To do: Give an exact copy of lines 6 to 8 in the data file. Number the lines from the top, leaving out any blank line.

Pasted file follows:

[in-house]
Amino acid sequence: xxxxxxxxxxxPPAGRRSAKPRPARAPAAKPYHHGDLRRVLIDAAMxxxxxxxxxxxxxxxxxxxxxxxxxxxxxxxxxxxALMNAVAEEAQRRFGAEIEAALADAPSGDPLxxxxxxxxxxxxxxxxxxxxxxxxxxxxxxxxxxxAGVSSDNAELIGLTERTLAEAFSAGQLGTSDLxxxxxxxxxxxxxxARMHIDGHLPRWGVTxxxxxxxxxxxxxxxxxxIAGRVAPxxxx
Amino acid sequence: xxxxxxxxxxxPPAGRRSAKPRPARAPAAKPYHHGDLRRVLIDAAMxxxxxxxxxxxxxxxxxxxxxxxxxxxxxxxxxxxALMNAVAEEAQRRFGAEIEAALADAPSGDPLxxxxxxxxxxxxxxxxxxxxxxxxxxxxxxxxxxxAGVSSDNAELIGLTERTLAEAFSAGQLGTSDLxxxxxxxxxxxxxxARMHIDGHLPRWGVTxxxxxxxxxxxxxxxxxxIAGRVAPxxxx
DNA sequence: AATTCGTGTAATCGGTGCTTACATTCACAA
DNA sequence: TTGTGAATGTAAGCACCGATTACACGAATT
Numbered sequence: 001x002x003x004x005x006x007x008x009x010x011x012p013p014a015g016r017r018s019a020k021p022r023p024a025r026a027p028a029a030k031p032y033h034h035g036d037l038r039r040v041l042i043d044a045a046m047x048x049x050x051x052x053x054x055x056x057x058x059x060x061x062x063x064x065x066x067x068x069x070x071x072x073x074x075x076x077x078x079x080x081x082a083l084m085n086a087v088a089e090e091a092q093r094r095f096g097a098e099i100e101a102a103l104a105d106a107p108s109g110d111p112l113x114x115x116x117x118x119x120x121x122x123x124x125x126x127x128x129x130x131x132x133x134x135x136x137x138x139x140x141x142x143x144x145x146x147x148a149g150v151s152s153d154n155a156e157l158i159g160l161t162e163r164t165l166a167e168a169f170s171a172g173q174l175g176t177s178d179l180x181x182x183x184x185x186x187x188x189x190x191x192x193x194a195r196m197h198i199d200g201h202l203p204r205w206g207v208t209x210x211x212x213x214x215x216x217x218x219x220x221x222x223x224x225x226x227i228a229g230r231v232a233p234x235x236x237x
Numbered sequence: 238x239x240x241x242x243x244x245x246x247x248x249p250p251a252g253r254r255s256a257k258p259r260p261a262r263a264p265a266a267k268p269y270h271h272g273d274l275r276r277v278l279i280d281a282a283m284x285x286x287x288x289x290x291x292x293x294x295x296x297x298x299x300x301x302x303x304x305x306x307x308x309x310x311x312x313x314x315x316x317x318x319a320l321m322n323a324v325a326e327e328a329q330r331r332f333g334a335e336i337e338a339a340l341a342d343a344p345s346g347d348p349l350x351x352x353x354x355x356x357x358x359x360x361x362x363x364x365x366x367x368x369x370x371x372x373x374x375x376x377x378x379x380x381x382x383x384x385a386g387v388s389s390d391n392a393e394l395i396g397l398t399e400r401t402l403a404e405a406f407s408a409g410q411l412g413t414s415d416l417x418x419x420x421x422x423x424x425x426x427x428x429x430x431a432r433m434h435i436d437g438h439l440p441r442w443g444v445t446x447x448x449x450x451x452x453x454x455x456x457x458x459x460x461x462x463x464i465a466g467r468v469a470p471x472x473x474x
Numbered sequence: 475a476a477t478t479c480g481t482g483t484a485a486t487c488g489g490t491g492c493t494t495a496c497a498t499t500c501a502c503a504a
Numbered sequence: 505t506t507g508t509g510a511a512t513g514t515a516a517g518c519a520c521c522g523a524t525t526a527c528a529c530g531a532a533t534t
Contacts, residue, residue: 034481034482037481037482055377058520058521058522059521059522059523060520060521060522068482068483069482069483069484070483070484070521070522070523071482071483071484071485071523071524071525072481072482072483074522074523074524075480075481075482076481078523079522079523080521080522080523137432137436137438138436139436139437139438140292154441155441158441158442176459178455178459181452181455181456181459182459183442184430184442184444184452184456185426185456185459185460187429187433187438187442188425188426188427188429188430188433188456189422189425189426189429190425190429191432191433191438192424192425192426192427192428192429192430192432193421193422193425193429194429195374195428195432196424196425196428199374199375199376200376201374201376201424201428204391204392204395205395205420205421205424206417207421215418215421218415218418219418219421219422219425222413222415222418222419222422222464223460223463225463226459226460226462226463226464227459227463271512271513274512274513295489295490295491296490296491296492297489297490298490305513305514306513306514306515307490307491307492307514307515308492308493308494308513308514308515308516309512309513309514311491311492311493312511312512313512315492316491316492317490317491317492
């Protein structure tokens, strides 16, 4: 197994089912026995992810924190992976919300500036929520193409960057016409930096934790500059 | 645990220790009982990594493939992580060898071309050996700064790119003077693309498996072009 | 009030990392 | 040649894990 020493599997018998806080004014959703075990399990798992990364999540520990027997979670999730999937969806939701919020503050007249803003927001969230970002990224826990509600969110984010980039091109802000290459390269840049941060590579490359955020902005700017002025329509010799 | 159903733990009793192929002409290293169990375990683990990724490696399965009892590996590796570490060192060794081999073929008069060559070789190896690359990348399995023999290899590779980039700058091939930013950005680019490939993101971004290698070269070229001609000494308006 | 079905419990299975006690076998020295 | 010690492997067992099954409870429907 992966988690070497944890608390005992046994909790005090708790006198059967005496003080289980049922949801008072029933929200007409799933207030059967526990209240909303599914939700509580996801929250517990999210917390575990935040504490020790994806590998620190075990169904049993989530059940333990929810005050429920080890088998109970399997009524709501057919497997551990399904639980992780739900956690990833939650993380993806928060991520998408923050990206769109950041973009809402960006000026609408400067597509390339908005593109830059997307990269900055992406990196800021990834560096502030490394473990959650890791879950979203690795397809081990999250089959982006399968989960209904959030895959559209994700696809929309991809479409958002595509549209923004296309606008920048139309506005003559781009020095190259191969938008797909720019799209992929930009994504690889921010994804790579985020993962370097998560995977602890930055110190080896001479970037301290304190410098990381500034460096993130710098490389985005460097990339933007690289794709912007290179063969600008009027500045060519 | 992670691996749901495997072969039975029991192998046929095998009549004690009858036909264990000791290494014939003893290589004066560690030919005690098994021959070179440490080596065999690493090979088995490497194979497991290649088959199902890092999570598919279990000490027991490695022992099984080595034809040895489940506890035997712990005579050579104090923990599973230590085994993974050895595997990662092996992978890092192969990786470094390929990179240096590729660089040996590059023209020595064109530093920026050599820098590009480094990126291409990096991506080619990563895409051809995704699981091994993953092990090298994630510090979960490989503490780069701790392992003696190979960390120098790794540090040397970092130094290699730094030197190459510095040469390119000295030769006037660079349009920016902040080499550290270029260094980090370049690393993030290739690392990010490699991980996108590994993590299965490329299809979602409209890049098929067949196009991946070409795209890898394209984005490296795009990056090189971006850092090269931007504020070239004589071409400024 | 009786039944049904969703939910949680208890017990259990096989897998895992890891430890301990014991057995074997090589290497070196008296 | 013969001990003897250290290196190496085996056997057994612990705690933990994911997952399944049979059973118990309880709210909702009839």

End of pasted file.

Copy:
Numbered sequence: 001x002x003x004x005x006x007x008x009x010x011x012p013p014a015g016r017r018s019a020k021p022r023p024a025r026a027p028a029a030k031p032y033h034h035g036d037l038r039r040v041l042i043d044a045a046m047x048x049x050x051x052x053x054x055x056x057x058x059x060x061x062x063x064x065x066x067x068x069x070x071x072x073x074x075x076x077x078x079x080x081x082a083l084m085n086a087v088a089e090e091a092q093r094r095f096g097a098e099i100e101a102a103l104a105d106a107p108s109g110d111p112l113x114x115x116x117x118x119x120x121x122x123x124x125x126x127x128x129x130x131x132x133x134x135x136x137x138x139x140x141x142x143x144x145x146x147x148a149g150v151s152s153d154n155a156e157l158i159g160l161t162e163r164t165l166a167e168a169f170s171a172g173q174l175g176t177s178d179l180x181x182x183x184x185x186x187x188x189x190x191x192x193x194a195r196m197h198i199d200g201h202l203p204r205w206g207v208t209x210x211x212x213x214x215x216x217x218x219x220x221x222x223x224x225x226x227i228a229g230r231v232a233p234x235x236x237x
Numbered sequence: 238x239x240x241x242x243x244x245x246x247x248x249p250p251a252g253r254r255s256a257k258p259r260p261a262r263a264p265a266a267k268p269y270h271h272g273d274l275r276r277v278l279i280d281a282a283m284x285x286x287x288x289x290x291x292x293x294x295x296x297x298x299x300x301x302x303x304x305x306x307x308x309x310x311x312x313x314x315x316x317x318x319a320l321m322n323a324v325a326e327e328a329q330r331r332f333g334a335e336i337e338a339a340l341a342d343a344p345s346g347d348p349l350x351x352x353x354x355x356x357x358x359x360x361x362x363x364x365x366x367x368x369x370x371x372x373x374x375x376x377x378x379x380x381x382x383x384x385a386g387v388s389s390d391n392a393e394l395i396g397l398t399e400r401t402l403a404e405a406f407s408a409g410q411l412g413t414s415d416l417x418x419x420x421x422x423x424x425x426x427x428x429x430x431a432r433m434h435i436d437g438h439l440p441r442w443g444v445t446x447x448x449x450x451x452x453x454x455x456x457x458x459x460x461x462x463x464i465a466g467r468v469a470p471x472x473x474x
Numbered sequence: 475a476a477t478t479c480g481t482g483t484a485a486t487c488g489g490t491g492c493t494t495a496c497a498t499t500c501a502c503a504a